Research In Action

Research In Action

Teens with ADHD Need Medical Monitoring Around Driving Readiness
Teens with ADHD Need Medical Monitoring Around Driving Readiness
March 24, 2020

Over the past few years, researchers at the Center for Injury Research and Prevention (CIRP) at Children’s Hospital of Philadelphia (CHOP) have been using the New Jersey Safety and Health Outcomes (NJ-SHO) Data Warehouse in collaboration with the Center for Management of ADHD at CHOP to establish the scientific foundation for safe mobility among teens with attention-deficit hyperactivity disorder (ADHD) and other neuro-diverse conditions. As part of this effort, we recently published research in the Journal of Developmental and Behavioral Pediatrics that, for the first time, characterizes the management and monitoring of ADHD during late adolescence by primary care providers. 

ADHD is a chronic condition affecting an estimated 1 in 10 teens. While 30 to 60% of teens with ADHD no longer meet the diagnostic criteria for the condition, those with a history of ADHD are at an increased risk for adverse outcomes, including motor vehicle crashes and unsafe driving citations. In fact, previous research found a 37% increased rate of crashes among teens with ADHD over the first four years after getting licensed and a 62% increased rate of crashing the first month after licensure. This data shows a continued need to clinically monitor these adolescents as they develop through young adulthood.

To examine changes in ADHD care during the transition from childhood to adolescence, we conducted a retrospective, longitudinal study of patients diagnosed with ADHD before age 10 to assess changes from preadolescence through adolescence in:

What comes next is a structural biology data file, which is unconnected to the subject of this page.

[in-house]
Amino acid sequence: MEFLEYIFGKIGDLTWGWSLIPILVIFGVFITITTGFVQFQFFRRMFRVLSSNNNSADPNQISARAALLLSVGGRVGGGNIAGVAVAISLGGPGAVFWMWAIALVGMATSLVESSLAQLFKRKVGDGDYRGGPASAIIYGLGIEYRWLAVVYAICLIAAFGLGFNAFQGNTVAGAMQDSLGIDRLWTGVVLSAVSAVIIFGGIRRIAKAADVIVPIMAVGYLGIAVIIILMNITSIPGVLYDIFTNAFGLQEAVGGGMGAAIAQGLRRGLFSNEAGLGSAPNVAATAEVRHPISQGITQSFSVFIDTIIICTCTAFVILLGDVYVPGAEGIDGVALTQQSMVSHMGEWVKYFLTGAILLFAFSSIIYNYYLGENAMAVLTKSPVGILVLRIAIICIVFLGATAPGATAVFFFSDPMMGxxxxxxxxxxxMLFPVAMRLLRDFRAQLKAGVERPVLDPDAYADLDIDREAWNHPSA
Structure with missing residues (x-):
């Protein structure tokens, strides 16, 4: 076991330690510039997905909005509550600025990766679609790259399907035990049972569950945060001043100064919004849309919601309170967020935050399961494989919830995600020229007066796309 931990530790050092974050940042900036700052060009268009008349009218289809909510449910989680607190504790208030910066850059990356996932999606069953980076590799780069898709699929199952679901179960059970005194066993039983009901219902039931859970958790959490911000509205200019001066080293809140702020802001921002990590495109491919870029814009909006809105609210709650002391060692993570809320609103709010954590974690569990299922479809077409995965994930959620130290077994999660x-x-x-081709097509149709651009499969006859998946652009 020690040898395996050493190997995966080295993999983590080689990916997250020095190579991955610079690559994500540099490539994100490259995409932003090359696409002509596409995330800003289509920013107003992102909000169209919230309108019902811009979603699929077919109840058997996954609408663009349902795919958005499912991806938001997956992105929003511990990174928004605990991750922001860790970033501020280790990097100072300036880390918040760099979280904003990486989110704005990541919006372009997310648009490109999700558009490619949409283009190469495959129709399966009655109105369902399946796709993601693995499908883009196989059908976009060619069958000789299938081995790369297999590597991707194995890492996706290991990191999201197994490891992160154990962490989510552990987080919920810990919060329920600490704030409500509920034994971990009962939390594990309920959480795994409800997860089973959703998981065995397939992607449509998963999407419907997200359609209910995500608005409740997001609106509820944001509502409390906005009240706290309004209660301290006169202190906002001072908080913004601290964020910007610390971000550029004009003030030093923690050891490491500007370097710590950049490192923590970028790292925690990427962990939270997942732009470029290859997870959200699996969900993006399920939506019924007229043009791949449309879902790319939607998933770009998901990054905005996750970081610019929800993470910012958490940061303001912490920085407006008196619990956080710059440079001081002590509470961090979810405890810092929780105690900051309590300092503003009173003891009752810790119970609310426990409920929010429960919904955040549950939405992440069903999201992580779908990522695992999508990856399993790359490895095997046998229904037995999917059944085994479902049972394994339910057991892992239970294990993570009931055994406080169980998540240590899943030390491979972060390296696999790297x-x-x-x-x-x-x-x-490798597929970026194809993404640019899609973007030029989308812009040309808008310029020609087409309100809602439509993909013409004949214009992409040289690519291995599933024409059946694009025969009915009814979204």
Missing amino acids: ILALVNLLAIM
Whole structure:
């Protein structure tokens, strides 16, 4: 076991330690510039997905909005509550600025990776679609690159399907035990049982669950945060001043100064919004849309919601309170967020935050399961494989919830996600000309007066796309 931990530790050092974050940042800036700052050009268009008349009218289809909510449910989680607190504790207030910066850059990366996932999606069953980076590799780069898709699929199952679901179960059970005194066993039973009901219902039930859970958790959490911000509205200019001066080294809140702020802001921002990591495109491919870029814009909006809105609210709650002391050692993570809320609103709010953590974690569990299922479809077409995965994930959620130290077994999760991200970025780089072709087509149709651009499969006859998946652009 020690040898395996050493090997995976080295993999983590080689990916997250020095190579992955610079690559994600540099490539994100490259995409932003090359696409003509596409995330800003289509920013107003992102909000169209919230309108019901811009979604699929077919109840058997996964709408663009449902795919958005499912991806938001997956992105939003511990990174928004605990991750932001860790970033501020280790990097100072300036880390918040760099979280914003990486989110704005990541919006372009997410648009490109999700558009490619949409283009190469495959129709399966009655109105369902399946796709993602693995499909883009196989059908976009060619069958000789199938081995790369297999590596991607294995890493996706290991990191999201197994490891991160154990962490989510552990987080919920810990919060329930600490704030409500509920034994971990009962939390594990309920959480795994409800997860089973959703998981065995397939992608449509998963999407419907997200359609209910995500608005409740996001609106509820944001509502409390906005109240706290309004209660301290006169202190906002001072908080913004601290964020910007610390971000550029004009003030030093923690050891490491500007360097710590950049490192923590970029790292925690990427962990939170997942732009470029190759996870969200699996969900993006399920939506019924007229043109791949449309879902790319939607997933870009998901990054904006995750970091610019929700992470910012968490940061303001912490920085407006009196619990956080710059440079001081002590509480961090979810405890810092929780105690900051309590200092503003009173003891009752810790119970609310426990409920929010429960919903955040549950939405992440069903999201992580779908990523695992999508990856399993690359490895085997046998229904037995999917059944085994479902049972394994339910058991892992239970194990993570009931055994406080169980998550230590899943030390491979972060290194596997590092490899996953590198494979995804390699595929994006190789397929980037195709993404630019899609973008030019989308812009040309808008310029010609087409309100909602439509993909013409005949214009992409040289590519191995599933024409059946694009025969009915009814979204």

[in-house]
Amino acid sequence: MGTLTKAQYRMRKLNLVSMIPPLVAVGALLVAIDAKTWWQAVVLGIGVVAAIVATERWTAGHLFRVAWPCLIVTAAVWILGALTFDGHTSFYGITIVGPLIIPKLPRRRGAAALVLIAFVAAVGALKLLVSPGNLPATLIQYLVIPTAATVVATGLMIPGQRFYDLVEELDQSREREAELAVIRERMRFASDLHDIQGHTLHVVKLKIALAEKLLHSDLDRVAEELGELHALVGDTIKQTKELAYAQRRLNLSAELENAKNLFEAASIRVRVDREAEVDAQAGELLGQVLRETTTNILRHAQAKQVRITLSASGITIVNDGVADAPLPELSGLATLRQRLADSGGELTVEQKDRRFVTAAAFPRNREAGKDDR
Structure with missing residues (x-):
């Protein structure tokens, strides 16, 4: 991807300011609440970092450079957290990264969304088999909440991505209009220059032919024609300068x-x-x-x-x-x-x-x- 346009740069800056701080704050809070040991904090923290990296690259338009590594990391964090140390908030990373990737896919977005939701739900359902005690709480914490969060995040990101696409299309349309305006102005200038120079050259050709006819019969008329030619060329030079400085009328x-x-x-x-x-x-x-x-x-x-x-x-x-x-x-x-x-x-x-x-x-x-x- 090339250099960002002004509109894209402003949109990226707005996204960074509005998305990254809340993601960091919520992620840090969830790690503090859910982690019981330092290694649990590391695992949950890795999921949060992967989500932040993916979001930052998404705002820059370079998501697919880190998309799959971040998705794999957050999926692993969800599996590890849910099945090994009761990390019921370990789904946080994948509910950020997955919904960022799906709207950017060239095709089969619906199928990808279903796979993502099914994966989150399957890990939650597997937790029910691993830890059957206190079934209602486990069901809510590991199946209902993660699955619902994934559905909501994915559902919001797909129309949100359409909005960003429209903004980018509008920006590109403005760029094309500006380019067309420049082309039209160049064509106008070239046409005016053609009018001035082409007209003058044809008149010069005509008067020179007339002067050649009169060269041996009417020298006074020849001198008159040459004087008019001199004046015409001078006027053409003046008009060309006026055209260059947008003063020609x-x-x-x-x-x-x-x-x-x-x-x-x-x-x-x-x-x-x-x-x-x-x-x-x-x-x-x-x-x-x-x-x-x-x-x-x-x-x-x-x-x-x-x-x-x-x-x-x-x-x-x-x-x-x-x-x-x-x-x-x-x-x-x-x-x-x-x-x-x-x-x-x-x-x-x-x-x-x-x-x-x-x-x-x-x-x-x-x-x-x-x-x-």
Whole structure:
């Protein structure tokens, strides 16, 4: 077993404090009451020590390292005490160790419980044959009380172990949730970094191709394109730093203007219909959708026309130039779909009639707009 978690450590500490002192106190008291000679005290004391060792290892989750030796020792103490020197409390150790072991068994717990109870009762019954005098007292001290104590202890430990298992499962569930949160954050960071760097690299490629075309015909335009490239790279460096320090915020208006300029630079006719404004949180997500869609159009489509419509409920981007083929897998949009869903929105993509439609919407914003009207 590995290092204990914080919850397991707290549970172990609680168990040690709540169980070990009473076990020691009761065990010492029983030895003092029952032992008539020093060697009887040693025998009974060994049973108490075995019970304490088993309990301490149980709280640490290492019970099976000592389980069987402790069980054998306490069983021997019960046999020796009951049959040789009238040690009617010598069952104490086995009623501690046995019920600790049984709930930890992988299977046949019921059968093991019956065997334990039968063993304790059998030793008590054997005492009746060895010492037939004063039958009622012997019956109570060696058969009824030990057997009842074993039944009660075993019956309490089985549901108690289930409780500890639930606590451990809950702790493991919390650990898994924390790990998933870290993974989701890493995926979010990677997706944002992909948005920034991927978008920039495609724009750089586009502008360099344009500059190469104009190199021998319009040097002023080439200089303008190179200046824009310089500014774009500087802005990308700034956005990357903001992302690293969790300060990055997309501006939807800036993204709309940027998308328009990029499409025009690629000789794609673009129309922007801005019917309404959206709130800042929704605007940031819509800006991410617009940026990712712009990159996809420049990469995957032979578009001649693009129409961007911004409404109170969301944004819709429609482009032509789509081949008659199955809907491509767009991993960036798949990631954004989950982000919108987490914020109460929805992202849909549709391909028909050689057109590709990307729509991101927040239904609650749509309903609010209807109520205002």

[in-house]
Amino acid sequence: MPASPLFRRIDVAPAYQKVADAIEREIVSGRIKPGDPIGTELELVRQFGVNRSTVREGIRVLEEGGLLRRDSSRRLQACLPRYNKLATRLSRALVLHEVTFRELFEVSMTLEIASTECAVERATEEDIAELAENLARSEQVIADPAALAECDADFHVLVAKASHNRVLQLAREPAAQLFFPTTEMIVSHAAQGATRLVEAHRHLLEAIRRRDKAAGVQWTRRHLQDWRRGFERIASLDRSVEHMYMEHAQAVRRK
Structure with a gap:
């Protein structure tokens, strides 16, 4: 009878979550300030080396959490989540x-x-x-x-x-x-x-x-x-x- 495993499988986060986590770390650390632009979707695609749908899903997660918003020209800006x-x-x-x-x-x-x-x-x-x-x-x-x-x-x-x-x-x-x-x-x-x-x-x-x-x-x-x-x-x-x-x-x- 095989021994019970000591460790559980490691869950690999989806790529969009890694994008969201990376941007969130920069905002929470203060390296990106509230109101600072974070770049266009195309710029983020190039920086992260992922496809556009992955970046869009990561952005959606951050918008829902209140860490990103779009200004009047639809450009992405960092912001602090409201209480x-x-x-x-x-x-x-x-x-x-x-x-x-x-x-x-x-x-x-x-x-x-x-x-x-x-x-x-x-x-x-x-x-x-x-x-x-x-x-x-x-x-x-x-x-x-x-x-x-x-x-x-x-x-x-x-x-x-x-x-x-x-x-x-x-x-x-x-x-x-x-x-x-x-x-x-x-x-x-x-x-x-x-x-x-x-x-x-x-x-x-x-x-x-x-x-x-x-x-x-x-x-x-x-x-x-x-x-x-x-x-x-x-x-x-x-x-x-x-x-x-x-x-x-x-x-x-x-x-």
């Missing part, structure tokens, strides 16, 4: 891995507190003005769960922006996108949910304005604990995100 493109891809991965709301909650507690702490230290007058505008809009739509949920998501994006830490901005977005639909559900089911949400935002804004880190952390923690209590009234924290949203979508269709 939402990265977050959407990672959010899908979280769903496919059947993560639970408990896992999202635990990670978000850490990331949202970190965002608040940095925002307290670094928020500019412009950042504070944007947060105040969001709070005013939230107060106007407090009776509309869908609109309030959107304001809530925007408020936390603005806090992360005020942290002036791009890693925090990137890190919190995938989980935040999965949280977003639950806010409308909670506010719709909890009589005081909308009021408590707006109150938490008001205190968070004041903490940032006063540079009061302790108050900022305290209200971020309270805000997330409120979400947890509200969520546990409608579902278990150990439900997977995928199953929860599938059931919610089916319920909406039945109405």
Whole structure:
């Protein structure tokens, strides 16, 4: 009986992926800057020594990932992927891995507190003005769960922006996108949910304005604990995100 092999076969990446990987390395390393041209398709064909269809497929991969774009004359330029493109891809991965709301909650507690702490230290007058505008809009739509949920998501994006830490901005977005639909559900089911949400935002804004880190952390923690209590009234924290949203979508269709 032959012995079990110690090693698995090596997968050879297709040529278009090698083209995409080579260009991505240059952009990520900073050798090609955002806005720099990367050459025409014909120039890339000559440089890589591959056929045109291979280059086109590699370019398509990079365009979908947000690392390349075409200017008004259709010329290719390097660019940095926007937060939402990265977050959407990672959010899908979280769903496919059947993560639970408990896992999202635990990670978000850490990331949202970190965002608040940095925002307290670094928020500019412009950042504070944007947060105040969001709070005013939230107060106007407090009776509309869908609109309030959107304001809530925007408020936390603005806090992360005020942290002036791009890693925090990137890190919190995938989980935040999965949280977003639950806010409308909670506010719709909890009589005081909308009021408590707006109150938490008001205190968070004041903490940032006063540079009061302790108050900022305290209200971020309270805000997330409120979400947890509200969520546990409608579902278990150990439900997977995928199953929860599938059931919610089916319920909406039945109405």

1. frequency by which primary care providers offer ADHD care to patients
  2. range of concerns assessed during patient encounters
  3. treatments implemented or recommended

After identifying 262 patients from three practices of the CHOP Healthcare Network, clinical care was compared among preadolescence (age 9-11), early adolescence (age 12-14), and late adolescence (age 15-18). Specifically, we selected participants who were born in 1996-1997 because these patients entered late adolescence by 2012 when the American Academy of Pediatrics (AAP) updated its guidelines for the evaluation and treatment of ADHD.

Findings Raise Concerns About ADHD Management

Our findings raise concerns about how primary care providers manage adolescents with a history of ADHD, based on evidence about patients documented in the electronic medical record:

  • 90% of adolescents received monitoring for depression, suicide, and substance abuse during their primary care visits.
  • Less than half of adolescents (47%) were monitored for risky sexual activity during their primary care visits.
  • Only two adolescents had driver readiness discussed during their primary care visits.

In order to address this missed opportunity, primary care providers need to receive effective training and resources to ensure that these conversations occur. Future research should explore the knowledge and needs of healthcare providers in order to promote successful communication during the transition to adolescence and adulthood.